Independent U.S. Senate candidate Rob Sobhani agreed to pull down an advertisement he began airing on black radio stations this week that attacked incumbent Sen. Ben Cardin after state Democrats complained Friday the spot was riddled with inaccuracies.
The ad plays a passage from a 2006 debate in which Cardin's one-time opponent, Kweisi Mfume, criticizes him for his time in office. "You get in Washington, you get this Potomac Fever -- you just think that God put you there," the ad quotes Mfume saying at the debate.
Mfume, a former congressman and NAACP leader who has endorsed Cardin's bid for reelection this year, immediately renounced the ad Friday, arguing it is intended to confuse voters.
"Senator Ben Cardin has held office for 46 years," the ad's narrator says. "So long, he seems to think God put him there. Even worse, he ignores our community all year then comes to us election time and says, 'My friends, I need your votes.'"
The spot goes on to criticize Cardin for receiving "free health care for life" while "we're struggling without health care." In fact, members of Congress are provided the same health benefits as all federal employees. The various plans offered are similar to those provided by large private companies and they require enrollees to contribute toward the cost of premiums.
Noting that the unemployment rate among African Americans is at 14 percent, the ad's narrator then says Cardin will get "paid nearly $200,000 every year, even after he retires." That is also an exaggeration. Lawmakers receive $174,000 a year and a back-of-the-envelope calculation shows Cardin would receive roughly $68,000 in annual federal retirement benefits if he left Congress next year.
Asked about the inaccuracies, Sobhani campaign spokesman Sam Patten could not provide independent research to back up the ad's claims. He said the campaign stands by the ad "in principle" but said the campaign would pull it off the air "because it's not technically correct."
"We're pulling it because, yes, there were some technical aspects that may not have been 100 percent correct," Patten said, adding that the campaign would replace it with a similar ad soon. "However, the thrust of the argument is valid."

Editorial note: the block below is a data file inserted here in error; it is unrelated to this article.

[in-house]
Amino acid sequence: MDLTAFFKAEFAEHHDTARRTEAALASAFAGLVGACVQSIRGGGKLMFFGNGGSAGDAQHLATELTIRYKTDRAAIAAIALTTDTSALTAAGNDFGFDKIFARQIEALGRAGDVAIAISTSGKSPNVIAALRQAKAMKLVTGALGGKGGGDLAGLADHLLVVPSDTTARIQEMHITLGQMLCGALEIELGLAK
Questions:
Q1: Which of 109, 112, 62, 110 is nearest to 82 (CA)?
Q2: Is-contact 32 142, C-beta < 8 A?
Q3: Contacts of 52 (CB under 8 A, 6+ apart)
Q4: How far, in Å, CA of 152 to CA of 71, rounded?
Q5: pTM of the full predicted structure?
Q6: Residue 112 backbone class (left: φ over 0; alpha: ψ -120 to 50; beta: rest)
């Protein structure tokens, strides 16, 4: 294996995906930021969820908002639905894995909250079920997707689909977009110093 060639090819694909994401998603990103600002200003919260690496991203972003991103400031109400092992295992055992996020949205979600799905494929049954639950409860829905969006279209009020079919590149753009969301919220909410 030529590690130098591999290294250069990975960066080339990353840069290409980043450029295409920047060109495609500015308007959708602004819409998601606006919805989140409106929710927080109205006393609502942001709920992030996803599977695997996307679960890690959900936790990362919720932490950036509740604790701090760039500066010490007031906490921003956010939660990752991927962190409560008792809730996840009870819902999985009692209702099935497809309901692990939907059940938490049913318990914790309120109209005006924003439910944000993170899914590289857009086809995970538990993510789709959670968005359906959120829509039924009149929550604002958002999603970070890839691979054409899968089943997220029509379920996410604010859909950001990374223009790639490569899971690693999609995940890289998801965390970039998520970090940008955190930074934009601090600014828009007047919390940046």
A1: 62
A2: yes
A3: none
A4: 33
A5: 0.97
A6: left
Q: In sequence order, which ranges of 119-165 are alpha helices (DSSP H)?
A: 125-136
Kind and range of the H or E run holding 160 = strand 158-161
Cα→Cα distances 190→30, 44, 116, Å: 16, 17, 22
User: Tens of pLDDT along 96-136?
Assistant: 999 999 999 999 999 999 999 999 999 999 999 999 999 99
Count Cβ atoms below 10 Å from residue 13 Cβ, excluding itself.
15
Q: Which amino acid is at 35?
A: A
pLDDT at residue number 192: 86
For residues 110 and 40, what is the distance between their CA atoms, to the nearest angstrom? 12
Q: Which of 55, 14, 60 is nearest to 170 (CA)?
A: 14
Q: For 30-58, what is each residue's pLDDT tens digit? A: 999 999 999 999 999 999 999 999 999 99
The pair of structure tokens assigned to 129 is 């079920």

Cardin's campaign was not immediately available for comment.
"It is insulting that he would try to confuse voters with a subtle suggestion that he and I are of like minds," Mfume said in an interview, adding that he is contemplating airing an ad of his own next week to counter the Sobhani spot. "To say the ad is misleading would be an understatement at best."
Sobhani entered the race in September after presenting some 77,000 signatures to the state Board of Elections to get on the ballot. He has poured millions of dollars of his own money into a television ad campaign that has run in the Washington and Baltimore media markets. A recent poll by the Washington Post showed Sobhani had 14 percent of the vote, compared with 53 percent for Cardin and 22 percent for Republican candidate Daniel Bongino.
Attacking Cardin over the nation's uninsured is a surprising move given that the Maryland lawmaker was among the most ardent supporters in Washington of President Barack Obama's health care law. To be sure, the law is hugely controversial, but even its critics acknowledge it would expand access to millions of uninsured people. The controversy has centered over how that expansion will be paid for.
The state Democratic Party sent a letter to the Sobhani campaign on Friday complaining about the ad.
"Political campaigns should be honest debates where voters can make decisions based on the facts," party chairwoman Yvette Lewis said in the letter. "You assert that you're charting a new political path, yet this ad demonstrates negative campaigning at its worst."